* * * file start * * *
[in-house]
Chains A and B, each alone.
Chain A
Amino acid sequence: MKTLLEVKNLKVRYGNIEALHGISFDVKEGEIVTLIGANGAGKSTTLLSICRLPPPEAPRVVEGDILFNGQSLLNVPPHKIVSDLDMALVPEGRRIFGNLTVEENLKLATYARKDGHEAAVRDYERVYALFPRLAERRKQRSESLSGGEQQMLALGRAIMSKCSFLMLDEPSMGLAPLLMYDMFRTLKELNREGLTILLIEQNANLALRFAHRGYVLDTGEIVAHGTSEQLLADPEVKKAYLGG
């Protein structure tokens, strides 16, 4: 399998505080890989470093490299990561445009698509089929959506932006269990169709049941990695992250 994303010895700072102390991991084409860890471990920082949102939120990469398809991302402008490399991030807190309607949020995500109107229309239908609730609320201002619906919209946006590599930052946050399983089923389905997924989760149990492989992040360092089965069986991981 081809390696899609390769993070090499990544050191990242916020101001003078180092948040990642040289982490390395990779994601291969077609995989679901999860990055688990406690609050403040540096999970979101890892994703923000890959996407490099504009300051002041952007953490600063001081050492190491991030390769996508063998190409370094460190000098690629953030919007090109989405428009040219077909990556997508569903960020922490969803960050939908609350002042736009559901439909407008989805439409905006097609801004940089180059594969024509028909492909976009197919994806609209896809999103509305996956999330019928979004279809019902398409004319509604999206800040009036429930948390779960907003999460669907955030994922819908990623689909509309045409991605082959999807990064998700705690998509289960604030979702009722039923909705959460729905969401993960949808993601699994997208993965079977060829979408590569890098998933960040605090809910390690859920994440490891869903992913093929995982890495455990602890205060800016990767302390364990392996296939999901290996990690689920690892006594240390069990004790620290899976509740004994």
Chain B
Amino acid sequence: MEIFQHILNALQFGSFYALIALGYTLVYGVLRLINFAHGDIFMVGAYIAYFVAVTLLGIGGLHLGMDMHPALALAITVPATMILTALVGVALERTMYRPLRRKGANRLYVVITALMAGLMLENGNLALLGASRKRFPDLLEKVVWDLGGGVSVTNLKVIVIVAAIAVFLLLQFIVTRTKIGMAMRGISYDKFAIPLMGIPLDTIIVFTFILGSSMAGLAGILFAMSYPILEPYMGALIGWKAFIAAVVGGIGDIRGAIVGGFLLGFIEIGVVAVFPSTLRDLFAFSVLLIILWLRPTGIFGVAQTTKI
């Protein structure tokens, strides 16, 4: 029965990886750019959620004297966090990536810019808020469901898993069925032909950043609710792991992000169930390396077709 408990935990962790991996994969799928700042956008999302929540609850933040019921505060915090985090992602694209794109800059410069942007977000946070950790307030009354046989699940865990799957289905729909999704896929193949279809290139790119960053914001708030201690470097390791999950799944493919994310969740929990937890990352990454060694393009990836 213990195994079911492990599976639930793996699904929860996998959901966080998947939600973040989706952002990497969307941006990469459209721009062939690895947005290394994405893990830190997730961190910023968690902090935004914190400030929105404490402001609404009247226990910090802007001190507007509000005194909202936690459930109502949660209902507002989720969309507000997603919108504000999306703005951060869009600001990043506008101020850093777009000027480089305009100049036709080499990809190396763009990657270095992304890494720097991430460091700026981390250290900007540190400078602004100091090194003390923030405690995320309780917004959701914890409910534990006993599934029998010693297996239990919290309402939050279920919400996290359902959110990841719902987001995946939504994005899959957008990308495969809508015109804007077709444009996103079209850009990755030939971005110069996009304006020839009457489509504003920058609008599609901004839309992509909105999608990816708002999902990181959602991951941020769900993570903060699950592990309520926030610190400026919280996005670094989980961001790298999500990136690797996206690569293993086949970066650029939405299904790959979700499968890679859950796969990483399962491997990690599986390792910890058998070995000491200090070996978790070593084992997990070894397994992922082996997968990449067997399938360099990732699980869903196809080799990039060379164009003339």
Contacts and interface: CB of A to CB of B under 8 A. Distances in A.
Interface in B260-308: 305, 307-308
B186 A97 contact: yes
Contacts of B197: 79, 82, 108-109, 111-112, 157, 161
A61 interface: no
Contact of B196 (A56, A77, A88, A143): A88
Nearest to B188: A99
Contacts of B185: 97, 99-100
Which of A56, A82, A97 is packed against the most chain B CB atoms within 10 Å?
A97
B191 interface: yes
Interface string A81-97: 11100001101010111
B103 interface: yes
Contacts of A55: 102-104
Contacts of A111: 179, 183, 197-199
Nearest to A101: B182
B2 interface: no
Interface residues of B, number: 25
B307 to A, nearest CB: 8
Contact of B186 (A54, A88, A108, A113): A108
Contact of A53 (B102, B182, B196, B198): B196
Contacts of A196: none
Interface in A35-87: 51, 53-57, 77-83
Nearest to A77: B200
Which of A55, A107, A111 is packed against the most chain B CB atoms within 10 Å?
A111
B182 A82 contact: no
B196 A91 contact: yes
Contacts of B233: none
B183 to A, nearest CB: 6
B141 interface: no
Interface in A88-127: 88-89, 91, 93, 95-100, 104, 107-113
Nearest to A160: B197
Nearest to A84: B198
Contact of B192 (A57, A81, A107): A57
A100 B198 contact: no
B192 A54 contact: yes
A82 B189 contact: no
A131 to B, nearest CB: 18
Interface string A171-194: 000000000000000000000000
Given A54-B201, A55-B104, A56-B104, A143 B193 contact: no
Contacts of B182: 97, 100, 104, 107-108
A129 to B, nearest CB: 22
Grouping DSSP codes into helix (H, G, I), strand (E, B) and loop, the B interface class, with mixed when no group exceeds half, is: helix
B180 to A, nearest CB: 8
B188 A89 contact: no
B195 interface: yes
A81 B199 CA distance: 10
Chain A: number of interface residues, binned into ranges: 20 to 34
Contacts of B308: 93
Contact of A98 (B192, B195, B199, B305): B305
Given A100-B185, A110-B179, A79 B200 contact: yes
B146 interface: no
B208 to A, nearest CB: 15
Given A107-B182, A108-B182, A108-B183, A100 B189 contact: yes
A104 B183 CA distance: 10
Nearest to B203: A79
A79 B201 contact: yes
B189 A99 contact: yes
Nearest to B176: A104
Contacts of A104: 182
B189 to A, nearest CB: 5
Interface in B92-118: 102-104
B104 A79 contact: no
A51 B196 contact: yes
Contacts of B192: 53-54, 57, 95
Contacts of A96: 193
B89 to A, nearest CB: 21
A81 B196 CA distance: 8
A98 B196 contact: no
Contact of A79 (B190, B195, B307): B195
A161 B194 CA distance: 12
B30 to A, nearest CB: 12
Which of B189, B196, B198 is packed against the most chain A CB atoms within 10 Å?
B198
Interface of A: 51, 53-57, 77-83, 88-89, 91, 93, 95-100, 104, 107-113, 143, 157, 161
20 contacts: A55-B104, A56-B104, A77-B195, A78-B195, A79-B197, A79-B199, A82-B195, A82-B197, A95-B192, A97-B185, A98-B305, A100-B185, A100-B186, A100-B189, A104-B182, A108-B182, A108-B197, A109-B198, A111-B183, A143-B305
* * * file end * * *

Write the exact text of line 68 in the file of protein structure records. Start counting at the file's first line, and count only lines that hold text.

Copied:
Nearest to B176: A104